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Pin Ups fits into David Bowie's output roughly where Moondog Matinee (which, strangely enough, appeared the very same month) did into the Band's output, which is to say that it didn't seem to fit in at all. Just as a lot of fans of Levon Helm et al. couldn't figure where a bunch of rock & roll and R&B covers fit alongside their output of original songs, so Bowie's fans — after enjoying a string of fiercely original LPs going back to 1970's The Man Who Sold the World — weren't able to make too much out of Pin Ups' new recordings of a brace of '60s British hits. Ziggy Stardust and Aladdin Sane had established Bowie as perhaps the most fiercely original of all England's glam rockers (though Marc Bolan's fans would dispute that to their dying day), so an album of covers didn't make any sense and was especially confusing for American fans — apart from the Easybeats' "Friday on My Mind" and the Yardbirds' "Shapes of Things," little here was among the biggest hits of their respective artists' careers, and the Who's "I Can't Explain" and "Anyway Anyhow Anywhere" were the only ones whose original versions were easily available or played very often on the radio; everything else was as much a history lesson, for Pink Floyd fans whose knowledge of that band went back no further than Atom Heart Mother, or into Liverpool rock (the Merseys' "Sorrow"), as it was a tour through Bowie's taste in '60s music. The latter was a mixed bag stylistically, opening with the Pretty Things' high-energy Bo Diddley homage "Rosalyn" and segueing directly into a hard, surging rendition of Them's version of Bert Berns' "Here Comes the Night," filled with crunchy guitars; "I Wish You Would" and "Shapes of Things" were both showcases for Bowie's and Mick Ronson's guitars, and "See Emily Play" emphasized the punkish (as opposed to the psychedelic) side of the song. "Sorrow," which benefited from a new saxophone break, was actually a distinct improvement over the original, managing to be edgier and more elegant all at once, and could easily have been a single at the time, and Bowie's slow version of "I Can't Explain" was distinctly different from the Who's original — in other words, Pin Ups was an artistic statement, of sorts, with some thought behind it, rather than just a quick album of oldies covers to buy some time, as it was often dismissed as being. In the broader context of Bowie's career, Pin Ups was more than an anomaly — it marked the swan song for the Spiders from Mars and something of an interlude between the first and second phases of his international career; the next, beginning with Diamond Dogs, would be a break from his glam rock phase, going off in new directions. It's not a bad bridge between the two, and it has endured across the decades — and the CD remasterings since the late '90s have made it worth discovering all over again.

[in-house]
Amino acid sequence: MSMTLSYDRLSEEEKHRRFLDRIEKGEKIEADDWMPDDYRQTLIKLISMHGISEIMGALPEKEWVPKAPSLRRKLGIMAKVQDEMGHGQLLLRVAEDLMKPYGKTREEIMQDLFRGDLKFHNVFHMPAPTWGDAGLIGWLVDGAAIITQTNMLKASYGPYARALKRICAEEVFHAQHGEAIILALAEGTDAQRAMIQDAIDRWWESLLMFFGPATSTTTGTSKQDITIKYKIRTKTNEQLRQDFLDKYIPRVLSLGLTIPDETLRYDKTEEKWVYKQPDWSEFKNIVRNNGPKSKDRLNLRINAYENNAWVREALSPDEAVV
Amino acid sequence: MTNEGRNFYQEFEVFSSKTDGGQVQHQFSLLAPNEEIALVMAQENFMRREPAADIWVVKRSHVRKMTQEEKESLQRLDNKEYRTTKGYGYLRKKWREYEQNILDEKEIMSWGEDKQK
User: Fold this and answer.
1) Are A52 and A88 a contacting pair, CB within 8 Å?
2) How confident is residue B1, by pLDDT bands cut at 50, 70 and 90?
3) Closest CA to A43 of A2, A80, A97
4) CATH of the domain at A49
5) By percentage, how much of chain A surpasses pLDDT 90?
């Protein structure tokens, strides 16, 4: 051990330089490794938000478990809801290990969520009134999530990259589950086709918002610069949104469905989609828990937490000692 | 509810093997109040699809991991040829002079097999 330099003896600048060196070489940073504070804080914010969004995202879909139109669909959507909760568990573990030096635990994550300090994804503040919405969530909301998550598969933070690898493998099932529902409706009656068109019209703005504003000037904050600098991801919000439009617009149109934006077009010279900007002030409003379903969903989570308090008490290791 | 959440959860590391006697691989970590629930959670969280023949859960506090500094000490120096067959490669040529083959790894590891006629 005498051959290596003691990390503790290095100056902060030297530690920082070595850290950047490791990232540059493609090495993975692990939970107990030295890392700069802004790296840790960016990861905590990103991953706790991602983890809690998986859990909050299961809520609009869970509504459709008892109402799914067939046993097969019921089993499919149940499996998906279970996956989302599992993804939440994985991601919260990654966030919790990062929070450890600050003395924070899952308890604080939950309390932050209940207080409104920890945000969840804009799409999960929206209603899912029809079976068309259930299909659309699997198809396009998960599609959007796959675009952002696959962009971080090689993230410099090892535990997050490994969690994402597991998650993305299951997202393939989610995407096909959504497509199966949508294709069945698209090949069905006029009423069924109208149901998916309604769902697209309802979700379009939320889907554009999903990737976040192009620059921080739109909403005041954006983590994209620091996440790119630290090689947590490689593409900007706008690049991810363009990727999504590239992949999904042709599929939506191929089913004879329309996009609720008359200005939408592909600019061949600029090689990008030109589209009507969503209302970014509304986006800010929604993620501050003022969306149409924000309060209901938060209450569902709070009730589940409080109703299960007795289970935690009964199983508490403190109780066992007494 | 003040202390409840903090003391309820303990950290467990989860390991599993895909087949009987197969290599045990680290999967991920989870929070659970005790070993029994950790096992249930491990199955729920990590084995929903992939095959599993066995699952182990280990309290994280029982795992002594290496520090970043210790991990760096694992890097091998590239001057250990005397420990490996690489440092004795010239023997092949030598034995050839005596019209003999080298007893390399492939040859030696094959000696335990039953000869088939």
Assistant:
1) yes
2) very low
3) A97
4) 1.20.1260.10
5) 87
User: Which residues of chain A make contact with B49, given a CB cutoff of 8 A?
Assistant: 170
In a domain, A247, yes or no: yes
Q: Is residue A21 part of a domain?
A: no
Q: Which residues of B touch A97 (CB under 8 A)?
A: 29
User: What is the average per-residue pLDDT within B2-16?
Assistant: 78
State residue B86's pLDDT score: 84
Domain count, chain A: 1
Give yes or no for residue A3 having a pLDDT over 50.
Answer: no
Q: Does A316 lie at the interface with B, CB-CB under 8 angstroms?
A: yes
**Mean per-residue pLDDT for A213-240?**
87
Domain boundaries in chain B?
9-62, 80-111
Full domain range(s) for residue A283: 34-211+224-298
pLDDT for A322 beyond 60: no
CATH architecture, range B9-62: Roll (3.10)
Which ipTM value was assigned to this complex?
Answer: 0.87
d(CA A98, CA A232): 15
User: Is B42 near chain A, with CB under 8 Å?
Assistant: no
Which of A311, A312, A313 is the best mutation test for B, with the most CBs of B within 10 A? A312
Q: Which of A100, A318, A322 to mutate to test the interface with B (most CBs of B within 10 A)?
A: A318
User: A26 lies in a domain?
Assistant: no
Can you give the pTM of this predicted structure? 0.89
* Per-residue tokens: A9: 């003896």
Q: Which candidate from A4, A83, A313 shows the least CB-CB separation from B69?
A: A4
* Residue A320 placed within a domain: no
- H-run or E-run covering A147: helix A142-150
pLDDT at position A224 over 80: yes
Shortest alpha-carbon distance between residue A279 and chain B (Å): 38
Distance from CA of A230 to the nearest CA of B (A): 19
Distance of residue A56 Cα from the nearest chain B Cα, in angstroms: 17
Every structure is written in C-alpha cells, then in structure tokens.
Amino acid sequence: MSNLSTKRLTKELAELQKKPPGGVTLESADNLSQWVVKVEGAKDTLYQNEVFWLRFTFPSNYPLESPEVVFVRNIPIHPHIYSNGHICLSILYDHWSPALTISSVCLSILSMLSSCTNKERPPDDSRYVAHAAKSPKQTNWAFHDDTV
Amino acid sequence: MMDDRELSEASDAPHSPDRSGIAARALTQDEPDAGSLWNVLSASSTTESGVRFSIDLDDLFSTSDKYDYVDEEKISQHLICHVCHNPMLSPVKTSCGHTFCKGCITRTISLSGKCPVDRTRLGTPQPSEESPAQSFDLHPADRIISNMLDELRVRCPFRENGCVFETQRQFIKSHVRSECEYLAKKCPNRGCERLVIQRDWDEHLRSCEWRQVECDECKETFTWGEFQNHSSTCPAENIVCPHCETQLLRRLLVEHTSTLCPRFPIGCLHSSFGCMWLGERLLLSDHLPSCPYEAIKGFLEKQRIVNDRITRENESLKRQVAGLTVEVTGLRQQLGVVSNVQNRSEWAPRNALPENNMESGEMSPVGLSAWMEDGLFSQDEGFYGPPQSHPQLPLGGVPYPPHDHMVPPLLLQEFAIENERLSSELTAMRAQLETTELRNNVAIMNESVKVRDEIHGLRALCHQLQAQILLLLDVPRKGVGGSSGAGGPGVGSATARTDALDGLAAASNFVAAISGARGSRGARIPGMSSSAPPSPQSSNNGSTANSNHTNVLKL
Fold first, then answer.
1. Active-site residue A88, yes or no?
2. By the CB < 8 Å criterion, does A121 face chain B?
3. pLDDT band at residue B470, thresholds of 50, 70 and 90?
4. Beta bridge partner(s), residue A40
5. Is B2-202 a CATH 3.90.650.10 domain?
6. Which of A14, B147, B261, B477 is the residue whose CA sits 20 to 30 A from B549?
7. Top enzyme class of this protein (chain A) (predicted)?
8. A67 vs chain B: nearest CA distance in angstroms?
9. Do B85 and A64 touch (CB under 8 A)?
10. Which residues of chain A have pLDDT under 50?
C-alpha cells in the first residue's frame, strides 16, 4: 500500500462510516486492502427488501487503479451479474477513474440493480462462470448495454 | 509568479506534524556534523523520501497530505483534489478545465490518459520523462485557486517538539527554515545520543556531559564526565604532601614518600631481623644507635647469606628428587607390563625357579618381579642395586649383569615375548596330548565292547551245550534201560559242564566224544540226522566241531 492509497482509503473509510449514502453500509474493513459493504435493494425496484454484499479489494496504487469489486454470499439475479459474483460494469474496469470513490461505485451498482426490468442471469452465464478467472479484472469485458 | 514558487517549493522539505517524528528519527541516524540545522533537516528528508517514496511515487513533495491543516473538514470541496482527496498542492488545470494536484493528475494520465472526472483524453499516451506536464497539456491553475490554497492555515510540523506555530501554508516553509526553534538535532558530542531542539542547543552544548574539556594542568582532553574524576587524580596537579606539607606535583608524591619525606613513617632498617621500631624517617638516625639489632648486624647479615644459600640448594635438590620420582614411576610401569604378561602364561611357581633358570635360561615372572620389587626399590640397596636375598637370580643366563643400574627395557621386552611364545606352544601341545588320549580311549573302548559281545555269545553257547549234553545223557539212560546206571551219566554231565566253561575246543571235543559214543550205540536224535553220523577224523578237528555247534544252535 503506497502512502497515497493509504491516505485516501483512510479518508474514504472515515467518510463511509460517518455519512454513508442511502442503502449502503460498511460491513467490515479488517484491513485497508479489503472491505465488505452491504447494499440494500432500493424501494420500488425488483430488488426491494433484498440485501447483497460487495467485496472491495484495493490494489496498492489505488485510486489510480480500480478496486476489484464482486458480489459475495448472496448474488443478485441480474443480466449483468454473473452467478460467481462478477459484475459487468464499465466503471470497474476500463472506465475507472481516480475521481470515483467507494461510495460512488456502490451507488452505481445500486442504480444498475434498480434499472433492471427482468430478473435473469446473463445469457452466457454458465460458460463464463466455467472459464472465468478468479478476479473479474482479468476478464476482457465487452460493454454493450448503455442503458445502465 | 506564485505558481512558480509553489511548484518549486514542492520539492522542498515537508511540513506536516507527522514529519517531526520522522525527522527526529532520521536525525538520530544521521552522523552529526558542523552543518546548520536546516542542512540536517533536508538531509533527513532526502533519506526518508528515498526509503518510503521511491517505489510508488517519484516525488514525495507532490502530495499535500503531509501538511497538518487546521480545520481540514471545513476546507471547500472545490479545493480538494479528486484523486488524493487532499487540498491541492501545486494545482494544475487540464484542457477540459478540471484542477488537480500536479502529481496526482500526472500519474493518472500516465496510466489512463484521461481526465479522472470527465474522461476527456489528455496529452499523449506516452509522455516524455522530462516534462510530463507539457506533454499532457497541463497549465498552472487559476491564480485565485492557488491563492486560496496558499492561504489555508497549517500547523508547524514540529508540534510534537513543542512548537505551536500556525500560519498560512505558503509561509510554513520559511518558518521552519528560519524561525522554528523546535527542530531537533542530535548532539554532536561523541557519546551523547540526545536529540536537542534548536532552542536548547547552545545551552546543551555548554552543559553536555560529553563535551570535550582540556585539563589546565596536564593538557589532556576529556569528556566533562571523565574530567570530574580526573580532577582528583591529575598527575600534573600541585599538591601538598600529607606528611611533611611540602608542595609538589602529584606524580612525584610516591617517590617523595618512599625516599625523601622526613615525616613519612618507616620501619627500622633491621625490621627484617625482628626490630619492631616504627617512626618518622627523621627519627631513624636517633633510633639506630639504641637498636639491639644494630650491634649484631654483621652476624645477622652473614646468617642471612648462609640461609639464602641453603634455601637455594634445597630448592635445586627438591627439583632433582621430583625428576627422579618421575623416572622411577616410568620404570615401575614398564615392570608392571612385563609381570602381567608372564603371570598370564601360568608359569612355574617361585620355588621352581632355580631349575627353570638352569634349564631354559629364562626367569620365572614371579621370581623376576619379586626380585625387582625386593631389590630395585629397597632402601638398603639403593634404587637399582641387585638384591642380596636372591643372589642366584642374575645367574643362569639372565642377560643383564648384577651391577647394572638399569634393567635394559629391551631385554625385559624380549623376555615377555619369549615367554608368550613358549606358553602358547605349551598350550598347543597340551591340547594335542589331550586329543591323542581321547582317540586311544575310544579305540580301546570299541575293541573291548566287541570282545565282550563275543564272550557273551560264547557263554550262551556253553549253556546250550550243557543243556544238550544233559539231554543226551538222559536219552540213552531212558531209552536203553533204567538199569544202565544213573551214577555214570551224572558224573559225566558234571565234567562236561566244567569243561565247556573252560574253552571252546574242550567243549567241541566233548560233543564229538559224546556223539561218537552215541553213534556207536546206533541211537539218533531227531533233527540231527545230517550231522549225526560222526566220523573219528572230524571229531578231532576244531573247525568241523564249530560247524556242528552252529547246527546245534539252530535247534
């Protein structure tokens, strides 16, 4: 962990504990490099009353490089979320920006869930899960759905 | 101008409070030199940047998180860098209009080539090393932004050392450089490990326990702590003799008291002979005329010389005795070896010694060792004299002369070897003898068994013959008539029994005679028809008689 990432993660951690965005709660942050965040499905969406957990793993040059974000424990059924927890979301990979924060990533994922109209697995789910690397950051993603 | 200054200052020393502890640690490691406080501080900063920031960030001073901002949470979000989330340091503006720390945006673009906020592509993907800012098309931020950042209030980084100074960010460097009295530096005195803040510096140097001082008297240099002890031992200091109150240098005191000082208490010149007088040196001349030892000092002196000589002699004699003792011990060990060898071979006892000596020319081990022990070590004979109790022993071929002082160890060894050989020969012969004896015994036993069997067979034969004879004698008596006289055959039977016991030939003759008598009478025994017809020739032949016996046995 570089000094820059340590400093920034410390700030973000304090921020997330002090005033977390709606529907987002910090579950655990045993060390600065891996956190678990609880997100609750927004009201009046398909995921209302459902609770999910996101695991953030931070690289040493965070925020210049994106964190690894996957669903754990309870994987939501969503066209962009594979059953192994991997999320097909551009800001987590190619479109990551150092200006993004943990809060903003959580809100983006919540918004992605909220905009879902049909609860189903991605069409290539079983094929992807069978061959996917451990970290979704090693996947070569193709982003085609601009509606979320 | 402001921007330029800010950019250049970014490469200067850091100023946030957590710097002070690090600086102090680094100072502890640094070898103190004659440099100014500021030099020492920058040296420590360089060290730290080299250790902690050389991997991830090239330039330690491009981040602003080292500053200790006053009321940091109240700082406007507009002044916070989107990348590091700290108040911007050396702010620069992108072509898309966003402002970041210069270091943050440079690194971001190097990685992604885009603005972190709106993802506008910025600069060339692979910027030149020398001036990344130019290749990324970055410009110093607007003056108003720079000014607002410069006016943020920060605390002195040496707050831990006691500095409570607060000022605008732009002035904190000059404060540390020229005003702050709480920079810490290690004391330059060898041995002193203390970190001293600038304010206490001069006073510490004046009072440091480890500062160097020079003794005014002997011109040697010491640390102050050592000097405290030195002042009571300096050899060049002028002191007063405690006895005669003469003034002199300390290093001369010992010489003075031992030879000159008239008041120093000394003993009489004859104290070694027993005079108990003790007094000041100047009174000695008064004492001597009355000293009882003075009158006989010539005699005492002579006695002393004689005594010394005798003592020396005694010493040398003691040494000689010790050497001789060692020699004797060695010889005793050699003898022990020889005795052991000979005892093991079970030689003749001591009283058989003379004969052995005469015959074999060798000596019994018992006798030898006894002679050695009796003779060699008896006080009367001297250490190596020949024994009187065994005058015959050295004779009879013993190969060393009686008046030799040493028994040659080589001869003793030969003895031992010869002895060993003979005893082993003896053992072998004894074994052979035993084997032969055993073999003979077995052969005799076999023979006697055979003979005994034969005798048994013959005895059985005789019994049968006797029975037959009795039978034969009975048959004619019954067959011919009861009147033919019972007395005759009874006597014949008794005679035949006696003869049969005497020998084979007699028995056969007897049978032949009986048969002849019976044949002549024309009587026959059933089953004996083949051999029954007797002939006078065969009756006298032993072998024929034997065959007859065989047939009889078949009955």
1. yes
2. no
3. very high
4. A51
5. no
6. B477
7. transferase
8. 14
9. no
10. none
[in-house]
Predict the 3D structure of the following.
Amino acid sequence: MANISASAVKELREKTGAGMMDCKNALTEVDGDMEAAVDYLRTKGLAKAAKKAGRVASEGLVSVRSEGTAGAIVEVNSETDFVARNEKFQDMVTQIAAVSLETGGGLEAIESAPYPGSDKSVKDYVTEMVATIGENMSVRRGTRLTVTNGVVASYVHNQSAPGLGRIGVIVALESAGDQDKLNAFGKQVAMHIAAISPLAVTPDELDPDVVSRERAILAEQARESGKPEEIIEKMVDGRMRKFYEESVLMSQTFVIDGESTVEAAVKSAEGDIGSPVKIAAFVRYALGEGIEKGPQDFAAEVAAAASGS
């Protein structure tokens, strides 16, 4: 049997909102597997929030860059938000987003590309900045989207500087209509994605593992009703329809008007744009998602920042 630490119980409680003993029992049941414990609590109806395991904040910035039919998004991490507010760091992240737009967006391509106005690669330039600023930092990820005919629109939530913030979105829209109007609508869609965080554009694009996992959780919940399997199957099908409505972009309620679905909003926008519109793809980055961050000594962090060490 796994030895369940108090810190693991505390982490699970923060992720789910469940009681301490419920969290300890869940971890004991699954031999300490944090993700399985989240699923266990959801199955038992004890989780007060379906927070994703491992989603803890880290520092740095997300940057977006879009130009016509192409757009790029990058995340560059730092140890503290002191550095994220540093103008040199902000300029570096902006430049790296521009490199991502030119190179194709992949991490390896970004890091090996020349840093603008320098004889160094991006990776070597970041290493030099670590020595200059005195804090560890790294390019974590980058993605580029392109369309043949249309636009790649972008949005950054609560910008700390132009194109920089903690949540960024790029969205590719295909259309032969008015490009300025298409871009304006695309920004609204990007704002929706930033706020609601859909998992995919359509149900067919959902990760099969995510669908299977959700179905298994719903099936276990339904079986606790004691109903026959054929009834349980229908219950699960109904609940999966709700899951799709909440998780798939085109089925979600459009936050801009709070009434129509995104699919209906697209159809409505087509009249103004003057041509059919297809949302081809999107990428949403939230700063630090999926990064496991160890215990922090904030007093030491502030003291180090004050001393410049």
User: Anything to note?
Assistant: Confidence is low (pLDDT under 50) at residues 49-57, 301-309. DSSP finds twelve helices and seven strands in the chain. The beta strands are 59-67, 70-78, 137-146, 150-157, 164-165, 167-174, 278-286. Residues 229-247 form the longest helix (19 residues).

1. Rosalyn